Brief Filed With Colorado Court of Appeals on February 4, 2015

Dear Friends,

Thank you for your continuing support of Friends of Denver Parks and efforts to protect open space in Denver.

Attached is a copy of the brief that Evans Case LLP filed for plaintiffs-appellants in the Colorado Court of Appeals on February 4, 2015.  We are asking the court to reverse the decision of Judge Stern so that, in accordance with Charter Section 2.4.5, the people of Denver may vote on the issue of whether 11 acres of park land should be traded to DPS for use as a school.  We filed a lis pendens on the property in 2013 before the City conveyed it to DPS, so our interests are protected until all appeals are exhausted.

If we are successful, there are a number of possibilities that may come into play.  One, there could be a vote of the people.  Two, could be an agreement reached between the plaintiffs and the city and DPS to eventually restore the 11 acres to its original protected park-natural area status after the useful life of the school expires – say in 15 years, or even forty years, as the original contract between the city and DPS contemplated.

Another factor may be potential danger to elementary school children if there is a severe rain event which requires the Corps of Engineers to release a sudden large volume of water from Cherry Creek Reservoir, through the floodgates of the Cherry Creek Dam, into the flood plain where the school is constructed.  This possibility was once considered extremely remote, but in my opinion, a careful reading of the Corps of Engineers 2012-2013 report on front range dams shows that, if a big enough rain storm dumps a sufficient volume of water into the Cherry Creek Reservoir and surrounding drainage basin, flooding of the new school with loss of life may be an actual danger unless the dam is modified or other precautions are initiated.  According to a former engineer for the Army Corps of Engineers whom I consulted with, risk of flooding can be minimized by releasing all of the water in Cherry Creek Reservoir through the floodgates in measured discharge before the rainy season starts, and hope that enough rain will be recovered in the rainy season to re-fill the reservoir. One of the missions of Cherry Creek Reservoir is recreational use. Draining the reservoir in the summer to avoid risk to a school that was unwisely built in the floodplain 50 yards from the creek, would not be popular with the Cherry Creek Yacht Club, jet skiers, water skiers, paddle boaters, swimmers, campers, environmentalists, beach people, or fisherman.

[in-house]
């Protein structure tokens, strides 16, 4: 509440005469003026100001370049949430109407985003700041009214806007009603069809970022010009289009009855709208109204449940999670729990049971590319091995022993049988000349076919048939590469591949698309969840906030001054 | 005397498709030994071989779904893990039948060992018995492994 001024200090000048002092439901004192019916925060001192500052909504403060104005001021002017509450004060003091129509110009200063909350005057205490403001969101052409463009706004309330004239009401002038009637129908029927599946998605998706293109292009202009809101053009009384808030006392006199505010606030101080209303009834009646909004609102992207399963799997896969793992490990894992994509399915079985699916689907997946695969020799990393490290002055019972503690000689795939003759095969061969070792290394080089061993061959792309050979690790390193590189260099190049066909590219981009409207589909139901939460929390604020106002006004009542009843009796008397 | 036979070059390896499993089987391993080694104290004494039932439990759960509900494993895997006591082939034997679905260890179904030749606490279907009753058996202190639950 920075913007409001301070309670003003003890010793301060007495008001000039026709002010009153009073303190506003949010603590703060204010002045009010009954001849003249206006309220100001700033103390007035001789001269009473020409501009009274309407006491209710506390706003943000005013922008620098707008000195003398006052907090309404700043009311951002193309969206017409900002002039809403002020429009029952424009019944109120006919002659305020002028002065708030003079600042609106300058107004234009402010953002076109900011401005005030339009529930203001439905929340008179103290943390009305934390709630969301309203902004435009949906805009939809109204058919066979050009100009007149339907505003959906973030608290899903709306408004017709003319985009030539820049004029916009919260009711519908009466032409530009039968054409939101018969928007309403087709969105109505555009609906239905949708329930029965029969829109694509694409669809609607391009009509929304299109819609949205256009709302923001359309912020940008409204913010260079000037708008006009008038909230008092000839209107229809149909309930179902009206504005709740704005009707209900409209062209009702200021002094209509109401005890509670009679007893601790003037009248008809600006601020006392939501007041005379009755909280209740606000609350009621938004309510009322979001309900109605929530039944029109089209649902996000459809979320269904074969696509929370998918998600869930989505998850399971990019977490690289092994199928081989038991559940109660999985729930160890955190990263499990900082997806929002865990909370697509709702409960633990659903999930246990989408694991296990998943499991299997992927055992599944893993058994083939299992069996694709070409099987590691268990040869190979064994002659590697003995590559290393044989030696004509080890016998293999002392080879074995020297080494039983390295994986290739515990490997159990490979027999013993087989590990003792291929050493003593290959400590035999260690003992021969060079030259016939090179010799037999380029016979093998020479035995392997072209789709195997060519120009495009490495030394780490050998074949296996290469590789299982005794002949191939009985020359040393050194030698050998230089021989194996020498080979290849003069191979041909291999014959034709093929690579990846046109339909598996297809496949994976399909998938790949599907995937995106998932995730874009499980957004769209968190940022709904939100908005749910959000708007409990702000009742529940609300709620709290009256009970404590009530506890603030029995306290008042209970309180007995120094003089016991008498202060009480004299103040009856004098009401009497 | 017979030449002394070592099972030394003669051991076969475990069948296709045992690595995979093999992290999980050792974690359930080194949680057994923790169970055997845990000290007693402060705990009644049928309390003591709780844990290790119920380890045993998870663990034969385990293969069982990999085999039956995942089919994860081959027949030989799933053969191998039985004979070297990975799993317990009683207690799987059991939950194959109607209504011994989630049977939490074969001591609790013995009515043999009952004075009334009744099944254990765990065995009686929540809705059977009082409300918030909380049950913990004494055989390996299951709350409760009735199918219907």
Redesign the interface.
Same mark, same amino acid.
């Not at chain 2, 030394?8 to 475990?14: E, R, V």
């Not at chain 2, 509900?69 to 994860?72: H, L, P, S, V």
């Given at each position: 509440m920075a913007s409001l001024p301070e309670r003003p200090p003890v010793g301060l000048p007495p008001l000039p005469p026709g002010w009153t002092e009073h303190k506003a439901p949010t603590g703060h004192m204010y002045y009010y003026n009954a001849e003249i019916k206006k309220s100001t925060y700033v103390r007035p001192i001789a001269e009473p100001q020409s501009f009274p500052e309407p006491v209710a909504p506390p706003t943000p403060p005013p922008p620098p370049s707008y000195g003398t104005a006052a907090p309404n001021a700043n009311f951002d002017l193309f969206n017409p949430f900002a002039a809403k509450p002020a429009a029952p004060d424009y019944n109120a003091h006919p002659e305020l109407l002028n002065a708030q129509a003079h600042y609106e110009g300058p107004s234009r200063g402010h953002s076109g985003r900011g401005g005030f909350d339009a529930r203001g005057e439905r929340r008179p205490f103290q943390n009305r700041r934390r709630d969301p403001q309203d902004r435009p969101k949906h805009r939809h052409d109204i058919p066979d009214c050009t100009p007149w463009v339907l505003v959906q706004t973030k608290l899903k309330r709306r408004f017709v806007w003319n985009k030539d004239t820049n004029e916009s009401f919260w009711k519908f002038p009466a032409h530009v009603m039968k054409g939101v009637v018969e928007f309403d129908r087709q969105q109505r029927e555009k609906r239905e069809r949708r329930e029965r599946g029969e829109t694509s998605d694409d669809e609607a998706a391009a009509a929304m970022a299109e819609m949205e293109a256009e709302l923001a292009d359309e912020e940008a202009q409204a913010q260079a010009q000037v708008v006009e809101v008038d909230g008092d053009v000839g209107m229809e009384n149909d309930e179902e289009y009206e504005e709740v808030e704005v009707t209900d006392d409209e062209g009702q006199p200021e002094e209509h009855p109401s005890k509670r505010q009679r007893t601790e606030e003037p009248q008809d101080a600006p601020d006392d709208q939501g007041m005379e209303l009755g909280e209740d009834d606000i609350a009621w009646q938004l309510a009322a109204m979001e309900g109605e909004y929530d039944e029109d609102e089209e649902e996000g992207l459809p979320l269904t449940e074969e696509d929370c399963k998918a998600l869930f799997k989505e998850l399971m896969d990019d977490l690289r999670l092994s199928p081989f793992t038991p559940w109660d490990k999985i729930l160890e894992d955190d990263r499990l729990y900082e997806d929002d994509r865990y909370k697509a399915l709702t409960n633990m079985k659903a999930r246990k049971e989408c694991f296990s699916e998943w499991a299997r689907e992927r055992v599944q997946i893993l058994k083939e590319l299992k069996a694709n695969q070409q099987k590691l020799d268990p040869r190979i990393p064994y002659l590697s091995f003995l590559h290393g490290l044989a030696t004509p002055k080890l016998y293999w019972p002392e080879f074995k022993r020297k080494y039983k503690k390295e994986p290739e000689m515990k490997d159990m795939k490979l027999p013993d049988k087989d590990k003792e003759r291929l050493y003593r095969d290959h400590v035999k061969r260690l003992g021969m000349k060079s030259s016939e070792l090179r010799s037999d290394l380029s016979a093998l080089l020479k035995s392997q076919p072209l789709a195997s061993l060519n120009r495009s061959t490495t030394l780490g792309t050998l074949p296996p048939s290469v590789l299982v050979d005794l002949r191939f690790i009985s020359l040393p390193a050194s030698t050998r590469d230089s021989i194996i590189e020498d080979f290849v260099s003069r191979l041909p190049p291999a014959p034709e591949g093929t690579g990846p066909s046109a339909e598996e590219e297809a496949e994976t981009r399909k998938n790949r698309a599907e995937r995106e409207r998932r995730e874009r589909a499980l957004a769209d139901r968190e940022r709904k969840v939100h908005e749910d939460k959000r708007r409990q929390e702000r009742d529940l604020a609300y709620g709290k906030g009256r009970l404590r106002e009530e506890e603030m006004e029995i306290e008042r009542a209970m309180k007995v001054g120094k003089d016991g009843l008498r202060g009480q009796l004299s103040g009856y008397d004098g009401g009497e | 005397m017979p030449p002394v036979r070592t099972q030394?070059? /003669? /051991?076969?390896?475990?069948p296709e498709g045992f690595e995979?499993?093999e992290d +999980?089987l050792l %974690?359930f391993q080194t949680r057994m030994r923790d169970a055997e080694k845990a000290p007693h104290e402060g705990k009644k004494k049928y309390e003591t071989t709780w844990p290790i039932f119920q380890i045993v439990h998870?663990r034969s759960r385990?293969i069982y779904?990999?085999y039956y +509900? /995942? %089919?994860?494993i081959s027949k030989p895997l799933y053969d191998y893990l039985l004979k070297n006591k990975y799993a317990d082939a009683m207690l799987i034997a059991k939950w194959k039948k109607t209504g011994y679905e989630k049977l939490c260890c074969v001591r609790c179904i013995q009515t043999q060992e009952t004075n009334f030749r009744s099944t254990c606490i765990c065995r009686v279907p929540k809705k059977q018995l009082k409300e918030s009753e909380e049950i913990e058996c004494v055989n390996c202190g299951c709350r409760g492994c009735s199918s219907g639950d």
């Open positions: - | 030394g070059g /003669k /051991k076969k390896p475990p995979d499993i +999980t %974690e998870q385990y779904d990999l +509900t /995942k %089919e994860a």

Members of the Friends board of directors who attended the Corps of Engineers presentation on January 24, 2015 were told that the Corps of Engineers has no control over local officials who authorize development in a flood plain.  Because development of real property in a flood plain is a dangerous choice for inhabitants, the Corps of Engineers discourages development, but cannot prevent it.

Once again, thanks to all of you for your hard work and support. J

John Case

EVANS CASE, LLP

 Opening Brief Colorado Court of Appeals Filed Feb 4, 2015

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